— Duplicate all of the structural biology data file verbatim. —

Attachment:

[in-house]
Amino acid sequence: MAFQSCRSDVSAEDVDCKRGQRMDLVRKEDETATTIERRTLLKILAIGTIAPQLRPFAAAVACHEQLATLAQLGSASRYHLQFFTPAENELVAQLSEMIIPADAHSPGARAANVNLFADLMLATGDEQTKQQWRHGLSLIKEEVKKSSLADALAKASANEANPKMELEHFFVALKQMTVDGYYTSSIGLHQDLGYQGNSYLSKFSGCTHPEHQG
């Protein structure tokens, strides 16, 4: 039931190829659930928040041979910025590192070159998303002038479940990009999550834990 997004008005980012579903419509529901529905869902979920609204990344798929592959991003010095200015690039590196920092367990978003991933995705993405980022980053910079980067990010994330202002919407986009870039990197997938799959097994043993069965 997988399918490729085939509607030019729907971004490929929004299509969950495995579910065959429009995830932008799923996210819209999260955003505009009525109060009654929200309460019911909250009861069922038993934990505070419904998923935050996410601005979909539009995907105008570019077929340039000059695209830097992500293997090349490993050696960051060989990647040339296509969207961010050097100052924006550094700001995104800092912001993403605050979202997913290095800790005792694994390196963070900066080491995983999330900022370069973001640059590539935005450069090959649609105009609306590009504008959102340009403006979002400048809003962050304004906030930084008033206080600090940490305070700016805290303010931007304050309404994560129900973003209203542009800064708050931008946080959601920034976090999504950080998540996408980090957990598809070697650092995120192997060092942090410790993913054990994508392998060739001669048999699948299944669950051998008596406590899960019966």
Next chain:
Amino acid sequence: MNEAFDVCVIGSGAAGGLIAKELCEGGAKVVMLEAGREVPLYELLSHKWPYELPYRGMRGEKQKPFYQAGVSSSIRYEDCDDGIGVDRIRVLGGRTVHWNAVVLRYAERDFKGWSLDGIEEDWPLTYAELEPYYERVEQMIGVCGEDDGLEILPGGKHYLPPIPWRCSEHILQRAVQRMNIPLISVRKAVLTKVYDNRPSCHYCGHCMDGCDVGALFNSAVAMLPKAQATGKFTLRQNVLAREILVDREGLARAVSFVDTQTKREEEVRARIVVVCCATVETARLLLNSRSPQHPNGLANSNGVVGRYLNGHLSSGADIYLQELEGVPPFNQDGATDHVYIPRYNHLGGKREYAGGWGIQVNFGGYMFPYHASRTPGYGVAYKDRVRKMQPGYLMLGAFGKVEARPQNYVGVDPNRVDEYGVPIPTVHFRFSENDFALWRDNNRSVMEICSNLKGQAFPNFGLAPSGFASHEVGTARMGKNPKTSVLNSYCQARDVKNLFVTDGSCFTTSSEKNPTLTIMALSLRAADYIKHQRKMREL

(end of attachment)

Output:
[in-house]
Amino acid sequence: MAFQSCRSDVSAEDVDCKRGQRMDLVRKEDETATTIERRTLLKILAIGTIAPQLRPFAAAVACHEQLATLAQLGSASRYHLQFFTPAENELVAQLSEMIIPADAHSPGARAANVNLFADLMLATGDEQTKQQWRHGLSLIKEEVKKSSLADALAKASANEANPKMELEHFFVALKQMTVDGYYTSSIGLHQDLGYQGNSYLSKFSGCTHPEHQG
């Protein structure tokens, strides 16, 4: 039931190829659930928040041979910025590192070159998303002038479940990009999550834990 997004008005980012579903419509529901529905869902979920609204990344798929592959991003010095200015690039590196920092367990978003991933995705993405980022980053910079980067990010994330202002919407986009870039990197997938799959097994043993069965 997988399918490729085939509607030019729907971004490929929004299509969950495995579910065959429009995830932008799923996210819209999260955003505009009525109060009654929200309460019911909250009861069922038993934990505070419904998923935050996410601005979909539009995907105008570019077929340039000059695209830097992500293997090349490993050696960051060989990647040339296509969207961010050097100052924006550094700001995104800092912001993403605050979202997913290095800790005792694994390196963070900066080491995983999330900022370069973001640059590539935005450069090959649609105009609306590009504008959102340009403006979002400048809003962050304004906030930084008033206080600090940490305070700016805290303010931007304050309404994560129900973003209203542009800064708050931008946080959601920034976090999504950080998540996408980090957990598809070697650092995120192997060092942090410790993913054990994508392998060739001669048999699948299944669950051998008596406590899960019966």
Next chain:
Amino acid sequence: MNEAFDVCVIGSGAAGGLIAKELCEGGAKVVMLEAGREVPLYELLSHKWPYELPYRGMRGEKQKPFYQAGVSSSIRYEDCDDGIGVDRIRVLGGRTVHWNAVVLRYAERDFKGWSLDGIEEDWPLTYAELEPYYERVEQMIGVCGEDDGLEILPGGKHYLPPIPWRCSEHILQRAVQRMNIPLISVRKAVLTKVYDNRPSCHYCGHCMDGCDVGALFNSAVAMLPKAQATGKFTLRQNVLAREILVDREGLARAVSFVDTQTKREEEVRARIVVVCCATVETARLLLNSRSPQHPNGLANSNGVVGRYLNGHLSSGADIYLQELEGVPPFNQDGATDHVYIPRYNHLGGKREYAGGWGIQVNFGGYMFPYHASRTPGYGVAYKDRVRKMQPGYLMLGAFGKVEARPQNYVGVDPNRVDEYGVPIPTVHFRFSENDFALWRDNNRSVMEICSNLKGQAFPNFGLAPSGFASHEVGTARMGKNPKTSVLNSYCQARDVKNLFVTDGSCFTTSSEKNPTLTIMALSLRAADYIKHQRKMREL